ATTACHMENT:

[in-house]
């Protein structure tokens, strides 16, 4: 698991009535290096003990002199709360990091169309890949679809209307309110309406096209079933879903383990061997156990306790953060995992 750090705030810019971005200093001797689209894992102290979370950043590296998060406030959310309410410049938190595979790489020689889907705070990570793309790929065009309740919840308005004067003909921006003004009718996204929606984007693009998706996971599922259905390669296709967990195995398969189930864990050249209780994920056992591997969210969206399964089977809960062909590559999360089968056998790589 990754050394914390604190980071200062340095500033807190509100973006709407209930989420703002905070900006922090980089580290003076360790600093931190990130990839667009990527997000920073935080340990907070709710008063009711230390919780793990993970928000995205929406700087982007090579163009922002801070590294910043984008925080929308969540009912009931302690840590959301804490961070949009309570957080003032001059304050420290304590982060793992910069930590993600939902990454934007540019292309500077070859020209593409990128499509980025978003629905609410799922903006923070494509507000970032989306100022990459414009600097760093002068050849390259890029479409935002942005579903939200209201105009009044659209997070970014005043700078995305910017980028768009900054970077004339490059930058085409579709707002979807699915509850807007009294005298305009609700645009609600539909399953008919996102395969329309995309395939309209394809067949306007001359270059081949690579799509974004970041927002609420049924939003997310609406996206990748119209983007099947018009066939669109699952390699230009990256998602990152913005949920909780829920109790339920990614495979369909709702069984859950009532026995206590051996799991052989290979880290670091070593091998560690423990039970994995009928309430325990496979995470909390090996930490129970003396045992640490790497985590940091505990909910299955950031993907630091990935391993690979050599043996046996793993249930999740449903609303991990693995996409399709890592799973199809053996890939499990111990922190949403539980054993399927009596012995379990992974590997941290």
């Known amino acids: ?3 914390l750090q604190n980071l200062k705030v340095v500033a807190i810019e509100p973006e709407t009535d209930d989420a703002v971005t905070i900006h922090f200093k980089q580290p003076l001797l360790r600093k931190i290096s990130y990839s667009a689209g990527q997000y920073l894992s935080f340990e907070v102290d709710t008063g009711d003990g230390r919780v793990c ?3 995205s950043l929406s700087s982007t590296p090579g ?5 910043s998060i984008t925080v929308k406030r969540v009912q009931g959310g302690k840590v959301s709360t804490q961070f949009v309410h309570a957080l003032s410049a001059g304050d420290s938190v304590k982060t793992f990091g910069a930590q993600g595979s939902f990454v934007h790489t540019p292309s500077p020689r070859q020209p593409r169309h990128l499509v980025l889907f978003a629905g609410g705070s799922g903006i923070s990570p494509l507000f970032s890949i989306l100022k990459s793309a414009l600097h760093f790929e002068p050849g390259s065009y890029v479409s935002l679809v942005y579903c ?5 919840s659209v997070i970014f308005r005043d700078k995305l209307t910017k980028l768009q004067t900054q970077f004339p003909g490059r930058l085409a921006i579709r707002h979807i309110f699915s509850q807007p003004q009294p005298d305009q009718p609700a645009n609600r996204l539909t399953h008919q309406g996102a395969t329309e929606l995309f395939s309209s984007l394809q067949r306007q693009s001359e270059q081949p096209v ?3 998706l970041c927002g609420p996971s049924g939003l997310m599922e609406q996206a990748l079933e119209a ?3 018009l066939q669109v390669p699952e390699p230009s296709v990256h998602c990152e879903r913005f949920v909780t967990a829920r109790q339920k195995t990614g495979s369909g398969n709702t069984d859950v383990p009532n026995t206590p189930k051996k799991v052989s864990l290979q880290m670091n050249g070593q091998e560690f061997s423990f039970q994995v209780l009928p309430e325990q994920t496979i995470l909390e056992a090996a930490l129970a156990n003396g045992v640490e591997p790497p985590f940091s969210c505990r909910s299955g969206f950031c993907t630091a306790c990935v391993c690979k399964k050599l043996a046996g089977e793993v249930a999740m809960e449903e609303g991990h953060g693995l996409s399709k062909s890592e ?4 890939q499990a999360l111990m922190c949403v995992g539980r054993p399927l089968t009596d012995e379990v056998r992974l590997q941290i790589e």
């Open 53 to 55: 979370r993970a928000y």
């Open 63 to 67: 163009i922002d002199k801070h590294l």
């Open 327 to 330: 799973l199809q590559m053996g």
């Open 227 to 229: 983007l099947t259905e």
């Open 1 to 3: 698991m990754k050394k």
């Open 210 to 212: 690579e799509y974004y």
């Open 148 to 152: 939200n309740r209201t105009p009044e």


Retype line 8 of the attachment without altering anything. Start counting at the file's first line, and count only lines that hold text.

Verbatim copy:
């Open 1 to 3: 698991m990754k050394k």